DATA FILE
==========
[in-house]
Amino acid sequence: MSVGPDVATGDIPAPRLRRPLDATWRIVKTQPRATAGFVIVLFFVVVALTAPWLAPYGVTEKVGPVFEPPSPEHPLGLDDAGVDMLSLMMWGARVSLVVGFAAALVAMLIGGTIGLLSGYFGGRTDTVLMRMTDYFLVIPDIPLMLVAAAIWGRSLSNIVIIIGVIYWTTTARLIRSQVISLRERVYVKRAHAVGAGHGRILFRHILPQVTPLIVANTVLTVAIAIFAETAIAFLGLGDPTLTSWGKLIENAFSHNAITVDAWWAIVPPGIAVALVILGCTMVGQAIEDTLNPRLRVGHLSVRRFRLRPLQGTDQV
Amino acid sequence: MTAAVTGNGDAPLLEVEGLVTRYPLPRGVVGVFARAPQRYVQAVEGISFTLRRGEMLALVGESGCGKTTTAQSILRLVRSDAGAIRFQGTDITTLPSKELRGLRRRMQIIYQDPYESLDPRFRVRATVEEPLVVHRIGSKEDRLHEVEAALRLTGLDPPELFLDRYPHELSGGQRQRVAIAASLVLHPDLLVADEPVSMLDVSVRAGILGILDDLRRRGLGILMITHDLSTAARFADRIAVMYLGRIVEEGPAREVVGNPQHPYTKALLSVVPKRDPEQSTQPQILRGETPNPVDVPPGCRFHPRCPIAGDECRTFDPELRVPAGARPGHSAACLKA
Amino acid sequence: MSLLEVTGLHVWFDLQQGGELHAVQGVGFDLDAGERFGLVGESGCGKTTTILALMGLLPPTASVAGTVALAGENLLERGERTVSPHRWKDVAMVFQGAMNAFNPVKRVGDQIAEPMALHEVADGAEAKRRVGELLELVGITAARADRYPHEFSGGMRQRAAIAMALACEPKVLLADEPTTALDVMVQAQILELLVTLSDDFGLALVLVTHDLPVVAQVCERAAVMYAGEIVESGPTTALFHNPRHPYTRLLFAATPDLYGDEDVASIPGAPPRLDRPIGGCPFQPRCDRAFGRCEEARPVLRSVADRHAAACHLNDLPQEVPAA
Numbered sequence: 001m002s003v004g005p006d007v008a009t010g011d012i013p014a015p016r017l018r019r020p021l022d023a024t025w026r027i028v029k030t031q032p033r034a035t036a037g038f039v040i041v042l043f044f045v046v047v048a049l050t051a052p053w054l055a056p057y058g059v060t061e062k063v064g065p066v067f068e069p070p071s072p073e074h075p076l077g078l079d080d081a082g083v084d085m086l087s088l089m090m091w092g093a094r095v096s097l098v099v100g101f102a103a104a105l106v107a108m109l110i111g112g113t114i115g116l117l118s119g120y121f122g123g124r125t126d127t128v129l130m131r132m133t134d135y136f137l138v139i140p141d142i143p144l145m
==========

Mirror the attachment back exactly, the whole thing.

[in-house]
Amino acid sequence: MSVGPDVATGDIPAPRLRRPLDATWRIVKTQPRATAGFVIVLFFVVVALTAPWLAPYGVTEKVGPVFEPPSPEHPLGLDDAGVDMLSLMMWGARVSLVVGFAAALVAMLIGGTIGLLSGYFGGRTDTVLMRMTDYFLVIPDIPLMLVAAAIWGRSLSNIVIIIGVIYWTTTARLIRSQVISLRERVYVKRAHAVGAGHGRILFRHILPQVTPLIVANTVLTVAIAIFAETAIAFLGLGDPTLTSWGKLIENAFSHNAITVDAWWAIVPPGIAVALVILGCTMVGQAIEDTLNPRLRVGHLSVRRFRLRPLQGTDQV
Amino acid sequence: MTAAVTGNGDAPLLEVEGLVTRYPLPRGVVGVFARAPQRYVQAVEGISFTLRRGEMLALVGESGCGKTTTAQSILRLVRSDAGAIRFQGTDITTLPSKELRGLRRRMQIIYQDPYESLDPRFRVRATVEEPLVVHRIGSKEDRLHEVEAALRLTGLDPPELFLDRYPHELSGGQRQRVAIAASLVLHPDLLVADEPVSMLDVSVRAGILGILDDLRRRGLGILMITHDLSTAARFADRIAVMYLGRIVEEGPAREVVGNPQHPYTKALLSVVPKRDPEQSTQPQILRGETPNPVDVPPGCRFHPRCPIAGDECRTFDPELRVPAGARPGHSAACLKA
Amino acid sequence: MSLLEVTGLHVWFDLQQGGELHAVQGVGFDLDAGERFGLVGESGCGKTTTILALMGLLPPTASVAGTVALAGENLLERGERTVSPHRWKDVAMVFQGAMNAFNPVKRVGDQIAEPMALHEVADGAEAKRRVGELLELVGITAARADRYPHEFSGGMRQRAAIAMALACEPKVLLADEPTTALDVMVQAQILELLVTLSDDFGLALVLVTHDLPVVAQVCERAAVMYAGEIVESGPTTALFHNPRHPYTRLLFAATPDLYGDEDVASIPGAPPRLDRPIGGCPFQPRCDRAFGRCEEARPVLRSVADRHAAACHLNDLPQEVPAA
Numbered sequence: 001m002s003v004g005p006d007v008a009t010g011d012i013p014a015p016r017l018r019r020p021l022d023a024t025w026r027i028v029k030t031q032p033r034a035t036a037g038f039v040i041v042l043f044f045v046v047v048a049l050t051a052p053w054l055a056p057y058g059v060t061e062k063v064g065p066v067f068e069p070p071s072p073e074h075p076l077g078l079d080d081a082g083v084d085m086l087s088l089m090m091w092g093a094r095v096s097l098v099v100g101f102a103a104a105l106v107a108m109l110i111g112g113t114i115g116l117l118s119g120y121f122g123g124r125t126d127t128v129l130m131r132m133t134d135y136f137l138v139i140p141d142i143p144l145m